Much of this analysis focused on methodology of United Way’s ALICE report, and there’s reason enough to doubt the veracity of its claims based on the limits of that methodology. But stepping back and viewing these claims from a broader perspective also highlights why they are likely exaggerated.
For instance, if the ALICE household survival budget is accurate, 29% of Michiganders live above the poverty line but are barely able to feed, house and care for themselves and their families. If that’s true, than what does that say about the hundreds of thousands of households living below the poverty line in Michigan? If the ALICE report is correct and following its logic, these households are nowhere near able to afford the basic necessities of life and widespread misery, starvation and death would be common among these households. While there’s no doubt that households with low incomes often struggle financially, it is not the case that most of them are starving to death.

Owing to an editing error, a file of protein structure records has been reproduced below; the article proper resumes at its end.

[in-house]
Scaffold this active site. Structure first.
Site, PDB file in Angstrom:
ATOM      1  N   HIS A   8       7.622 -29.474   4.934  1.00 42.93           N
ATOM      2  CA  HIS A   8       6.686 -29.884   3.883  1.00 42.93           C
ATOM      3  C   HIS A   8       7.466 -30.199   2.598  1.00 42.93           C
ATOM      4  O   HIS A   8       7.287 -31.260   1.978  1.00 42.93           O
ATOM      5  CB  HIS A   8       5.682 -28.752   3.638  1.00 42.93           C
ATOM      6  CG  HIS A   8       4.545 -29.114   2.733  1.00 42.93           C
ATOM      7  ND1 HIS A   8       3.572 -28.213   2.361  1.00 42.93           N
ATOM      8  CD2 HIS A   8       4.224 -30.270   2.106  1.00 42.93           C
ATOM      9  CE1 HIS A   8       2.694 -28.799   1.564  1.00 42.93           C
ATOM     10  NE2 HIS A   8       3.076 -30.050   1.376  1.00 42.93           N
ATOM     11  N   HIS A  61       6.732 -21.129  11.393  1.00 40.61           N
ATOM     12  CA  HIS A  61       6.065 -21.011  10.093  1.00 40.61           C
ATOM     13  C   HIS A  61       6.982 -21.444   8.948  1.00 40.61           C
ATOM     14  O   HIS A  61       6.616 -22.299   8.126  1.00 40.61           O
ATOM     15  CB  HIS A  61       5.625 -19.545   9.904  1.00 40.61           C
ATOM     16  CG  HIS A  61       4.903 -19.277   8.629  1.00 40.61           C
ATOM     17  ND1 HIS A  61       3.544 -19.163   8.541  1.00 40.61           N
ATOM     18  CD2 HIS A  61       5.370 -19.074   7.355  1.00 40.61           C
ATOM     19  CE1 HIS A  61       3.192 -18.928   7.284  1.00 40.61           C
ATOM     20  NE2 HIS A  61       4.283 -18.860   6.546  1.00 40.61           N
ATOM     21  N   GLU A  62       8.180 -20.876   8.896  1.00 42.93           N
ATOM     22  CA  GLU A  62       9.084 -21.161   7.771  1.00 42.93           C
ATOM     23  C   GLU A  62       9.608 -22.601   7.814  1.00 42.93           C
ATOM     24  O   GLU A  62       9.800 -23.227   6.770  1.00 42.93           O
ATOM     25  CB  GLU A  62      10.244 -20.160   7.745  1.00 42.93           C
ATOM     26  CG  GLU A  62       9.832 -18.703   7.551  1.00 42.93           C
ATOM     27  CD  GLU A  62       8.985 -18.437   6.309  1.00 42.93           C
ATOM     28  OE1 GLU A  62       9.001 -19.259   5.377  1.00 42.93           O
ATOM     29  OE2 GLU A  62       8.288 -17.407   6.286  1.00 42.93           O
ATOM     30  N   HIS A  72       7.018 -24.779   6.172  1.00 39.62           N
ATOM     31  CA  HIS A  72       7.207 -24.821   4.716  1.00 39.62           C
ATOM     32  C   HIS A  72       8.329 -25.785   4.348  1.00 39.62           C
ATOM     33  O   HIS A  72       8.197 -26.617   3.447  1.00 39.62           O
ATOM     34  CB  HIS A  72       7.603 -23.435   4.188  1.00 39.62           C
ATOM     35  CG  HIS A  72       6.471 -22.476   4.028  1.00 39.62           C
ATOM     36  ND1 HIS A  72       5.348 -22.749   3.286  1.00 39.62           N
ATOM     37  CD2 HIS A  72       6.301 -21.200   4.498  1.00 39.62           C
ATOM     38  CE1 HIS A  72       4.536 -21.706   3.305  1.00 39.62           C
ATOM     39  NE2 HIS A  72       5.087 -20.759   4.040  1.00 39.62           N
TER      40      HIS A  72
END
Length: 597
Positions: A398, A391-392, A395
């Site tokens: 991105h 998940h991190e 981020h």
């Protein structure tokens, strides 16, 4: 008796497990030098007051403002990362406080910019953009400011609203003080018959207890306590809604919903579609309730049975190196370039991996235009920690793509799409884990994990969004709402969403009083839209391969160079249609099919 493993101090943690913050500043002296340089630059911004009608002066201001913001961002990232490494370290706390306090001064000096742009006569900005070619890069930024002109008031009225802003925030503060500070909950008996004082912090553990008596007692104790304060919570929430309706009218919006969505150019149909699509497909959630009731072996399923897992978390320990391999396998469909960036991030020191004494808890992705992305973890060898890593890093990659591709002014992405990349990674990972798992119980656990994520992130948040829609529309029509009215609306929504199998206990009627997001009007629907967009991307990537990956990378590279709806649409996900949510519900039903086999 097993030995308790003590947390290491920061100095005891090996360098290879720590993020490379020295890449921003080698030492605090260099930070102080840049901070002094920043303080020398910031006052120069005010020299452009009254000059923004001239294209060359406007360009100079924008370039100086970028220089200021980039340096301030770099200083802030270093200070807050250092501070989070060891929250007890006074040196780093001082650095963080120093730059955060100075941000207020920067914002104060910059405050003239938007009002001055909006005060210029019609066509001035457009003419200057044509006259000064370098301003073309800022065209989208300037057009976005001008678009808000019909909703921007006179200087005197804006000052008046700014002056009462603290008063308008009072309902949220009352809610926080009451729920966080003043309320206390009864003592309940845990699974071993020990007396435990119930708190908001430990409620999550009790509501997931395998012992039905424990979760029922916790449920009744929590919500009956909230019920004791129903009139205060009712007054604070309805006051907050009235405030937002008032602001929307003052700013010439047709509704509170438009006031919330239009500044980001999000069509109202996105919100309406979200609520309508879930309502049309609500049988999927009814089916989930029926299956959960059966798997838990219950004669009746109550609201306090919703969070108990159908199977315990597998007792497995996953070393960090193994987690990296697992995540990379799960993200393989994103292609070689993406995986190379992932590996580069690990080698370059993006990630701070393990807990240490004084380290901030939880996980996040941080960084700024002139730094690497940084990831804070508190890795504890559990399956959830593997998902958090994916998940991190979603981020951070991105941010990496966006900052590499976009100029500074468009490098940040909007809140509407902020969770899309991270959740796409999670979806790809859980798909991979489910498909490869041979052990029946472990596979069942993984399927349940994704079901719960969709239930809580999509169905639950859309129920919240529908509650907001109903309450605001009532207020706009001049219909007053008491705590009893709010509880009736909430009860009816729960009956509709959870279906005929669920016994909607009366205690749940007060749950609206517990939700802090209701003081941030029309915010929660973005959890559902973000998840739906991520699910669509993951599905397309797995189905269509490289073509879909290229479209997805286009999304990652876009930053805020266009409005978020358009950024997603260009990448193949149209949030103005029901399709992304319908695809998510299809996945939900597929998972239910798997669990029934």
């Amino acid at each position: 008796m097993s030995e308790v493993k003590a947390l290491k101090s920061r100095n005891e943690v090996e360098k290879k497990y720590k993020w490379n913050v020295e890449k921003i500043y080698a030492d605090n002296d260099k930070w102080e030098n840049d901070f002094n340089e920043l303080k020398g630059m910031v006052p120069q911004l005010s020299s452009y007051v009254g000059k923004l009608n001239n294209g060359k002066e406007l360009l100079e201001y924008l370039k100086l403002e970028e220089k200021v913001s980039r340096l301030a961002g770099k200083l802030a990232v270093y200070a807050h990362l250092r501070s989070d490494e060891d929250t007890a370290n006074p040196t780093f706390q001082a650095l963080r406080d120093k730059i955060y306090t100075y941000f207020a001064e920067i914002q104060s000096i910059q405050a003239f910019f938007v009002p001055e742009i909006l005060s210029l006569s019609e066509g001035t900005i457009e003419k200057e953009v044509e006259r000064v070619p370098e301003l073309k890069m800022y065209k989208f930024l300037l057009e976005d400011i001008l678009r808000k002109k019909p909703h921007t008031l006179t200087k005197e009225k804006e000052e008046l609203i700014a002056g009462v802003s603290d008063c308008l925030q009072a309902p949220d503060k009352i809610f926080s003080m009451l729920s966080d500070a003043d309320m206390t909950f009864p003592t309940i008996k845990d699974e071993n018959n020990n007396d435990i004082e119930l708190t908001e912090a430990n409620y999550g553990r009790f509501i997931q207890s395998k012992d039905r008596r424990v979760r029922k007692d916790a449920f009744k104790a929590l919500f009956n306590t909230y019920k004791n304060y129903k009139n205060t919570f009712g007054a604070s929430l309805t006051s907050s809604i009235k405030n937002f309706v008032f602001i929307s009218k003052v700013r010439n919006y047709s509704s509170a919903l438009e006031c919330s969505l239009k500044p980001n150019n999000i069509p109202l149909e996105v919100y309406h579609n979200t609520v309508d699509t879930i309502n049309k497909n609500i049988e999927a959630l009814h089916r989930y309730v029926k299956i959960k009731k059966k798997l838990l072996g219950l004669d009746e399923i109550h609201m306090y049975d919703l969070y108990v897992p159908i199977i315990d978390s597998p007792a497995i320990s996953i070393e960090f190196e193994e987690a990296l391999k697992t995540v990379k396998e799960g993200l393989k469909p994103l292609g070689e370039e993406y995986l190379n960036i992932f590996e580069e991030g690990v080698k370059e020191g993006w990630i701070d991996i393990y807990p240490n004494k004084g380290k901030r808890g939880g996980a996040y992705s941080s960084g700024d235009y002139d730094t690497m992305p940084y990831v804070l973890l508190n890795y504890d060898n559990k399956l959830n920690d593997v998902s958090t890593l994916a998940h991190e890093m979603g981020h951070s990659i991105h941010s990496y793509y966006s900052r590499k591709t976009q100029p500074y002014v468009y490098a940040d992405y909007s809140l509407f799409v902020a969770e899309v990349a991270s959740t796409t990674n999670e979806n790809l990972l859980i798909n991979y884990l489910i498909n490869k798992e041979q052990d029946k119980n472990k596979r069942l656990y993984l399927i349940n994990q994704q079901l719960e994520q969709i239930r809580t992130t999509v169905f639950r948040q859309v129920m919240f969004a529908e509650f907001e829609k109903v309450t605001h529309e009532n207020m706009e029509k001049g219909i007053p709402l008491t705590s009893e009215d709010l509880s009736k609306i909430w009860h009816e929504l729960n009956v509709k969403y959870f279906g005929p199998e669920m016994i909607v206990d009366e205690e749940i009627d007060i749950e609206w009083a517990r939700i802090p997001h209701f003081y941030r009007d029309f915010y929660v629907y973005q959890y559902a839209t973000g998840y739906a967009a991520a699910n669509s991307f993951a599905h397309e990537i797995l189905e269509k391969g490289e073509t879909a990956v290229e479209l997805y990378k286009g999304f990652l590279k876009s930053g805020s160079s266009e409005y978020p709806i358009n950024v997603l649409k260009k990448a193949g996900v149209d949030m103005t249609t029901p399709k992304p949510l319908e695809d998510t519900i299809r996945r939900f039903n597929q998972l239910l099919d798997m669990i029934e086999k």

That said, this critique is not meant to downplay the financial struggles many Michigan families and individuals face. These are real and we don’t deny them. But if policymakers, communities and individuals are going to address these issues, we should attempt to accurately measure what the actual needs are. The ALICE report, while claiming to do so, fails on this account.
It may seem harmless to exaggerate the level of poverty in a state. After all, it could be argued it brings more attention to a serious concern. But complicated problems like poverty require precise and targeted treatments. With its miscalculated methodology, misconstrued assumptions and mischaracterized findings, the ALICE report does not help identify the populations in Michigan that are struggling financially and what policymakers might be able to do to alleviate the problem. In fact, it takes the focus off of those who truly need help, an unfortunate consequence of a poorly designed study.